Deciding to present your curriculum to the world via a MicroMasters MOOC is an excellent decision! This environment opens doors for learners that they may have perceived as being closed. Work, family, and other obligations leave many with the impression that they don’t have time to further their education. With a MicroMasters MOOC, they get a taste of an advanced degree coupled with the confidence needed to be more productive in the workplace. This is a win-win for all parties involved. A MicroMasters course should be designed with the mindset that you are taking the learner to a higher elevation. Learners should feel like they are making a hearty investment in their futures, and they will rely on the course to be engaging, interactive, and meaningful. The MicroMasters course is different from traditional courses learners would take. It is designed from a professional development standpoint in which skills obtained can be utilized immediately. Learners should love the course, walk away changed, and tell others of the awesome experience. Where do you start? Drafting an outline for [...]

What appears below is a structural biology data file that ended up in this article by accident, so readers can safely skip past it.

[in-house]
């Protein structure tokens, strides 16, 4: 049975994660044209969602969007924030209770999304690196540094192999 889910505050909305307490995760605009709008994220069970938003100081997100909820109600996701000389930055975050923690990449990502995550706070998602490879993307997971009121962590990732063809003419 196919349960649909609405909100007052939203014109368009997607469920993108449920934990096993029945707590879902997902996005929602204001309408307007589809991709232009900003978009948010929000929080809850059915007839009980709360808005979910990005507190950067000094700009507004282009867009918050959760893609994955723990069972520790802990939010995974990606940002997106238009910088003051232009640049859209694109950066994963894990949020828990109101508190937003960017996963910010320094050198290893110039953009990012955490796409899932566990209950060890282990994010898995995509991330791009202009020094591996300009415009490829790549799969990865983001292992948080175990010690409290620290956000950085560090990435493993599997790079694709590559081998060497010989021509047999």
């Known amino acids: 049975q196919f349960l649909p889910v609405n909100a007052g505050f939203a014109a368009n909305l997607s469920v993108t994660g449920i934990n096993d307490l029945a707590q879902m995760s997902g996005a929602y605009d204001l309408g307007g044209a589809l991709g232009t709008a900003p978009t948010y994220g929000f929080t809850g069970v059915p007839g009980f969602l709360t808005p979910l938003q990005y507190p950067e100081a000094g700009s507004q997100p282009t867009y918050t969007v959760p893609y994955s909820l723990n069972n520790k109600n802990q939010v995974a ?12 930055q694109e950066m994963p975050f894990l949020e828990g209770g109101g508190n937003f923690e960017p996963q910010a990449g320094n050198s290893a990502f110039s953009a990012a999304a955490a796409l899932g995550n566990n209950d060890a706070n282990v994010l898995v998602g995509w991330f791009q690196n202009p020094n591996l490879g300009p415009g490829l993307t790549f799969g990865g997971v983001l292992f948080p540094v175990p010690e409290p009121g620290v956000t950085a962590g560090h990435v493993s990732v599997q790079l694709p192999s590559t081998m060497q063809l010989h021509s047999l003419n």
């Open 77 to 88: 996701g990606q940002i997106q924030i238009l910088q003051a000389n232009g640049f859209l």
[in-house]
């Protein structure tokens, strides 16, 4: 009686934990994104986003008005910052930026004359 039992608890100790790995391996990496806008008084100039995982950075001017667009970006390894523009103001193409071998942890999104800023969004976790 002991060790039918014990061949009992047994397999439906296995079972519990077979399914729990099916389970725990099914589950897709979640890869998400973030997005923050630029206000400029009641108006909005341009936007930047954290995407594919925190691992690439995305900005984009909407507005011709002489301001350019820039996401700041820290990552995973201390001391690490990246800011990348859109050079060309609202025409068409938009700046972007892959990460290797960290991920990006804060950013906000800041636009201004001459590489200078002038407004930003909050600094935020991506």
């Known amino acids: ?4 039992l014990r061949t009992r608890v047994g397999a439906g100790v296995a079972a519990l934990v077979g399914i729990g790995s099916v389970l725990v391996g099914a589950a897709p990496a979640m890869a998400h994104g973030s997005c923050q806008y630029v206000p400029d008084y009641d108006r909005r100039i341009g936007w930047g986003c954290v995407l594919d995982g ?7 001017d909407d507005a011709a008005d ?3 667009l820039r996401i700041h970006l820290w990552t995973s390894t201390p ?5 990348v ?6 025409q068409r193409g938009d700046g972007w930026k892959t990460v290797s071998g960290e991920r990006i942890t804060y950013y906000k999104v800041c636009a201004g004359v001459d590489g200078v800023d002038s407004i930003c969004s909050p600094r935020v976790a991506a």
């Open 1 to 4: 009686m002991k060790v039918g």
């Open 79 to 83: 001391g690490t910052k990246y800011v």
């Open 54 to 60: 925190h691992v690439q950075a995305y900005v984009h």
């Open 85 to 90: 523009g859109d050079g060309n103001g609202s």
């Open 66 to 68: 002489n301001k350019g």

“Good morning, class! Today, we’re going to study the literature of the ancient Mayan civilization and examine how it shaped their economy, understanding of the natural world, and language. At the end of the lesson, you’ll be assessed based upon your ability to calculate the total increase, in square miles, by which their empire grew during the height of their literary period and apply this knowledge to civil engineering in our own community. Is everyone ready?” If the scenario above reminds you of the last interdisciplinary lesson plan you read (or wrote), you’re not alone! With more districts around the country moving toward the interdisciplinary approach, there’s a good chance it’s at least on your radar. Imagine, for a moment, the reactions of the students presented with this lesson. Or, the disbelief of an administrator preparing to observe it. To round out the ELA/math/science/social studies lesson, the students in the scenario are going to show what they know in a performance-based assessment (PBA). Another hot topic in the education world, these assessments allow for a deeper [...]